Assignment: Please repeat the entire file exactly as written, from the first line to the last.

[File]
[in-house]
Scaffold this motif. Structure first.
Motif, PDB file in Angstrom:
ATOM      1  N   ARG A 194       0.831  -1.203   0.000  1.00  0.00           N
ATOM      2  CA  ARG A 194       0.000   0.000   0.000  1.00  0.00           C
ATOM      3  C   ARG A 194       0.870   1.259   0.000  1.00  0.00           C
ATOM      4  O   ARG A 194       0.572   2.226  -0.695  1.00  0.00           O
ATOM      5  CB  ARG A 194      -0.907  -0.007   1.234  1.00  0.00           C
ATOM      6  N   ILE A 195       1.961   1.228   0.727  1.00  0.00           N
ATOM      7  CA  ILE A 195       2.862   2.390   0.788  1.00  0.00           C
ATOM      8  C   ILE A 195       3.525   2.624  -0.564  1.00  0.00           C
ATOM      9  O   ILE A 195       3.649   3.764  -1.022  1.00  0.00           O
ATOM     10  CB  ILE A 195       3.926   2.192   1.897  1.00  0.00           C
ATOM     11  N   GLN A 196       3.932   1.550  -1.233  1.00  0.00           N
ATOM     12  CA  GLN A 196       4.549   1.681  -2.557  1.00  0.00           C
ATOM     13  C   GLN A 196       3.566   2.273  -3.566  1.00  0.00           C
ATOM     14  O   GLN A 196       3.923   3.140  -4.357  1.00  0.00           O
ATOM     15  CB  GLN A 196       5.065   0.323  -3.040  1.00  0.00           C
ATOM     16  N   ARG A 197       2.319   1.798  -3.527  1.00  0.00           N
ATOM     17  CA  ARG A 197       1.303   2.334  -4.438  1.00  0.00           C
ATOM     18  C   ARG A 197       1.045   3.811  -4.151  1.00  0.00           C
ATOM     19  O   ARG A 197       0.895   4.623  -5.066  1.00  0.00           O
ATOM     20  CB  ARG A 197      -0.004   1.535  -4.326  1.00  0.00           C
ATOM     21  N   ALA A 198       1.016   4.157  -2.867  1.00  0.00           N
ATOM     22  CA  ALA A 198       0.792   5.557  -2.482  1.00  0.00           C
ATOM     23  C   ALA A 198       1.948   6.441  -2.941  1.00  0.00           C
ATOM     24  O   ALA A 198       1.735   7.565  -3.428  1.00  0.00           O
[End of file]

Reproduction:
[in-house]
Scaffold this motif. Structure first.
Motif, PDB file in Angstrom:
ATOM      1  N   ARG A 194       0.831  -1.203   0.000  1.00  0.00           N
ATOM      2  CA  ARG A 194       0.000   0.000   0.000  1.00  0.00           C
ATOM      3  C   ARG A 194       0.870   1.259   0.000  1.00  0.00           C
ATOM      4  O   ARG A 194       0.572   2.226  -0.695  1.00  0.00           O
ATOM      5  CB  ARG A 194      -0.907  -0.007   1.234  1.00  0.00           C
ATOM      6  N   ILE A 195       1.961   1.228   0.727  1.00  0.00           N
ATOM      7  CA  ILE A 195       2.862   2.390   0.788  1.00  0.00           C
ATOM      8  C   ILE A 195       3.525   2.624  -0.564  1.00  0.00           C
ATOM      9  O   ILE A 195       3.649   3.764  -1.022  1.00  0.00           O
ATOM     10  CB  ILE A 195       3.926   2.192   1.897  1.00  0.00           C
ATOM     11  N   GLN A 196       3.932   1.550  -1.233  1.00  0.00           N
ATOM     12  CA  GLN A 196       4.549   1.681  -2.557  1.00  0.00           C
ATOM     13  C   GLN A 196       3.566   2.273  -3.566  1.00  0.00           C
ATOM     14  O   GLN A 196       3.923   3.140  -4.357  1.00  0.00           O
ATOM     15  CB  GLN A 196       5.065   0.323  -3.040  1.00  0.00           C
ATOM     16  N   ARG A 197       2.319   1.798  -3.527  1.00  0.00           N
ATOM     17  CA  ARG A 197       1.303   2.334  -4.438  1.00  0.00           C
ATOM     18  C   ARG A 197       1.045   3.811  -4.151  1.00  0.00           C
ATOM     19  O   ARG A 197       0.895   4.623  -5.066  1.00  0.00           O
ATOM     20  CB  ARG A 197      -0.004   1.535  -4.326  1.00  0.00           C
ATOM     21  N   ALA A 198       1.016   4.157  -2.867  1.00  0.00           N
ATOM     22  CA  ALA A 198       0.792   5.557  -2.482  1.00  0.00           C
ATOM     23  C   ALA A 198       1.948   6.441  -2.941  1.00  0.00           C
ATOM     24  O   ALA A 198       1.735   7.565  -3.428  1.00  0.00           O